This is a terrible book about terrible people who do terrible nonsensical and incredible and I mean really not credible things to themselves each other and other people Yet it's all so beautifully described You just want to go on reading it no matter what just so you can stay in this garden with these flowers and this hot summer sun and all this beautiful foodBut before you know it several hours of your life have been devoured Then at the end if you are anything like me you are very angry with the author for wasting your time She has seduced you into spending so very much of your precious irreplaceable time with these truly awful semi but not completely useless people How has she done this? Well she's spent the first fifth or so of the book making them seem on the surface like people you would like people with whom you might very much like to hang out maybe for a whole summer by the sea So when they start to reveal themselves as amoral stupid and thoughtless you are confused yet hopeful and trusting that there's some point You feel sure even up to five pages from the end that some transformation to make your disappointment and disgust worthwhile is bound to developI'm here to tell you it doesn'tOh and by the way? Throwing a lot of not credibly motivated adulterous sex into a total non mystery of which both the secret and the resolution are transparently predictable from page one does not make a book spicy or thrillingYet were this book a hundred pages longer I'd still have finished it; I'd just be that much angrier at the author and myself So now I'm going to do you a whopping favor I'm going to uote for you here the very best part of the book That way you won't have to read it but you can still enjoy one of Helen Dun's sumptuous descriptions completely anger and hatred freeI find the pie under a plate Edward has been at it since lunch digging out the fruit which he prefers to the crust I cut a straight line across the spoiled part and then a thick wedge the right size for Richard There's some cream in a jug thick and yellow Susan's mother sent the pie over and it has a spray of elderflower in it to bring out the taste of the gooseberries She has patterned the crust with pastry leaves The inside of the crust is white and glutinous now the pastry has cooled and cooking has thinned the skin of the berries so the seeds show through I pick one out fragile but still whole and eat it I am hungry too I cut another piece of the pie for myself and pour cream over them both take two spoons and shake some sugar from a castor over the cream I can hear voices but the baby has stopped crying A door opens and the voices grow louder They must be coming out I pick up the plates and hurry out into the light round the corner by the pond and into the gardenRichard hasn't moved except to take off his shoes and socks he lies back with his feet in the sun eyes shut His feet are pale naked looking city feet'Here you are'We dig into the crust the cream the fruit The edges of the cream are just beginning to swim in the heat already I've always liked eating with Richard because he is greedy as I am You can always tell He leaves the plumpest gooseberry until last to duck it in its own pond of cream The sugar grits pleasantly on my teethThere That's it the best part of this book Now you can go read something elseYou're welcome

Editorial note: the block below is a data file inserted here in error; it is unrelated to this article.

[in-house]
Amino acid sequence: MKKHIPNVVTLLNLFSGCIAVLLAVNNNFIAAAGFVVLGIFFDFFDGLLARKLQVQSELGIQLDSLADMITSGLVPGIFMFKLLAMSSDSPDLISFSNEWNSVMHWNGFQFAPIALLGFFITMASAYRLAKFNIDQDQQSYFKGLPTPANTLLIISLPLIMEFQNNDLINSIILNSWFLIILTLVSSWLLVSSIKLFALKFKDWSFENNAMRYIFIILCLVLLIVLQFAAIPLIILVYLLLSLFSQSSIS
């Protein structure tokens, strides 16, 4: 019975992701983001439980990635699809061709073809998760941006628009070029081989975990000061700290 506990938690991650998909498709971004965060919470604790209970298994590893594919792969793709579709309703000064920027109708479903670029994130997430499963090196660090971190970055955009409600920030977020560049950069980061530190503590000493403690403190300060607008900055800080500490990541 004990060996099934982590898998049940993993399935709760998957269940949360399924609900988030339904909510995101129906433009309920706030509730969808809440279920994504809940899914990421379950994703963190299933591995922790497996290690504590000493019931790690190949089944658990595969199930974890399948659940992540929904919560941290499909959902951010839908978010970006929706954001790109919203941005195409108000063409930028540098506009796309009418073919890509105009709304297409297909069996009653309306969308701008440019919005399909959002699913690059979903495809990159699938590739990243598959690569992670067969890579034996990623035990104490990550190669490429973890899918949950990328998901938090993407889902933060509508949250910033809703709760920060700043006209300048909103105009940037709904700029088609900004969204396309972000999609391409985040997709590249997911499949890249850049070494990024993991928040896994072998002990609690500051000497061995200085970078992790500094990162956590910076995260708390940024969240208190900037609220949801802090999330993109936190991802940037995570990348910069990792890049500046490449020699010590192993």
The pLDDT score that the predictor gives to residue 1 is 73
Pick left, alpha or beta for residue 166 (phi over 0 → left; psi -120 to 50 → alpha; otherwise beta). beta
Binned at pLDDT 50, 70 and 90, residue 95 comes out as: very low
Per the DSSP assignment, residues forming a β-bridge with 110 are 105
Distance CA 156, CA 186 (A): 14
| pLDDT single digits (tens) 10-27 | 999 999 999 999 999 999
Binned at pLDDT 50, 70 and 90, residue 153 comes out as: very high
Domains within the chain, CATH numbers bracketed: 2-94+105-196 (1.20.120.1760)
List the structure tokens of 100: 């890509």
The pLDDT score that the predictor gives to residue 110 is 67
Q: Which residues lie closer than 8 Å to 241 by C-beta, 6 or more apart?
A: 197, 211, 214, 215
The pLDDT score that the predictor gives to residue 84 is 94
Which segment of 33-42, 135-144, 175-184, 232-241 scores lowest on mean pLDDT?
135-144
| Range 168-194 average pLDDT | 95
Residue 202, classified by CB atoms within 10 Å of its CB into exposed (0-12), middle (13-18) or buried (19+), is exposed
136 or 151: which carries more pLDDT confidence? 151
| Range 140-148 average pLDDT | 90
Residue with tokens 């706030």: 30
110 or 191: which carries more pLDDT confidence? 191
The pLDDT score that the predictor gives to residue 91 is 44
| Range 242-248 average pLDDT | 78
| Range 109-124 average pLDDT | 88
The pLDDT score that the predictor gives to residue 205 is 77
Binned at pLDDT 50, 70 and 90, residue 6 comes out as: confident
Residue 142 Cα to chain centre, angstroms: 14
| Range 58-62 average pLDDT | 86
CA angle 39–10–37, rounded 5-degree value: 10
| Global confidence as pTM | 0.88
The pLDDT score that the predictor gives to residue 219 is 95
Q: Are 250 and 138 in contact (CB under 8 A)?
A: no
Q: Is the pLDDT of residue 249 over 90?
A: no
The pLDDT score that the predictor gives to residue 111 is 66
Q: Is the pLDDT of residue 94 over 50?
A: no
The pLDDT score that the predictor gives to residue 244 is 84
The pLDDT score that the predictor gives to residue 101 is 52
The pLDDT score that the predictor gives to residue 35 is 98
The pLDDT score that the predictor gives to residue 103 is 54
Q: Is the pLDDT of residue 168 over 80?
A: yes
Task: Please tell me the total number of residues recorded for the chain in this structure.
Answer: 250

5. Monique Monique says: